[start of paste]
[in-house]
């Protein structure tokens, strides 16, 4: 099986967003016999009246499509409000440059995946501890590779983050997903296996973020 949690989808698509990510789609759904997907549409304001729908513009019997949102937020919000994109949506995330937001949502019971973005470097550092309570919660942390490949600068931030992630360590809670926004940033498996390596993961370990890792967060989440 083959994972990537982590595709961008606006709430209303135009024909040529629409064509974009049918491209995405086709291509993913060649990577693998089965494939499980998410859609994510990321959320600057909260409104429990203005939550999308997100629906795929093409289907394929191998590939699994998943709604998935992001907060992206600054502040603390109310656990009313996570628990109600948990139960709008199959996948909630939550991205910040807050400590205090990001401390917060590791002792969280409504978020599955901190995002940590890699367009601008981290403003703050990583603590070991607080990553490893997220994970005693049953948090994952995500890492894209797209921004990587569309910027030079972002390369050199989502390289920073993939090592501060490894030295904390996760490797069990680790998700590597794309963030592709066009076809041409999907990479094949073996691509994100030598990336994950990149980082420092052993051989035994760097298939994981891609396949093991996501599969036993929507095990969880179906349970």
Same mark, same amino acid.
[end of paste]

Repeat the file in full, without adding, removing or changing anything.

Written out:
[in-house]
């Protein structure tokens, strides 16, 4: 099986967003016999009246499509409000440059995946501890590779983050997903296996973020 949690989808698509990510789609759904997907549409304001729908513009019997949102937020919000994109949506995330937001949502019971973005470097550092309570919660942390490949600068931030992630360590809670926004940033498996390596993961370990890792967060989440 083959994972990537982590595709961008606006709430209303135009024909040529629409064509974009049918491209995405086709291509993913060649990577693998089965494939499980998410859609994510990321959320600057909260409104429990203005939550999308997100629906795929093409289907394929191998590939699994998943709604998935992001907060992206600054502040603390109310656990009313996570628990109600948990139960709008199959996948909630939550991205910040807050400590205090990001401390917060590791002792969280409504978020599955901190995002940590890699367009601008981290403003703050990583603590070991607080990553490893997220994970005693049953948090994952995500890492894209797209921004990587569309910027030079972002390369050199989502390289920073993939090592501060490894030295904390996760490797069990680790998700590597794309963030592709066009076809041409999907990479094949073996691509994100030598990336994950990149980082420092052993051989035994760097298939994981891609396949093991996501599969036993929507095990969880179906349970």
Same mark, same amino acid.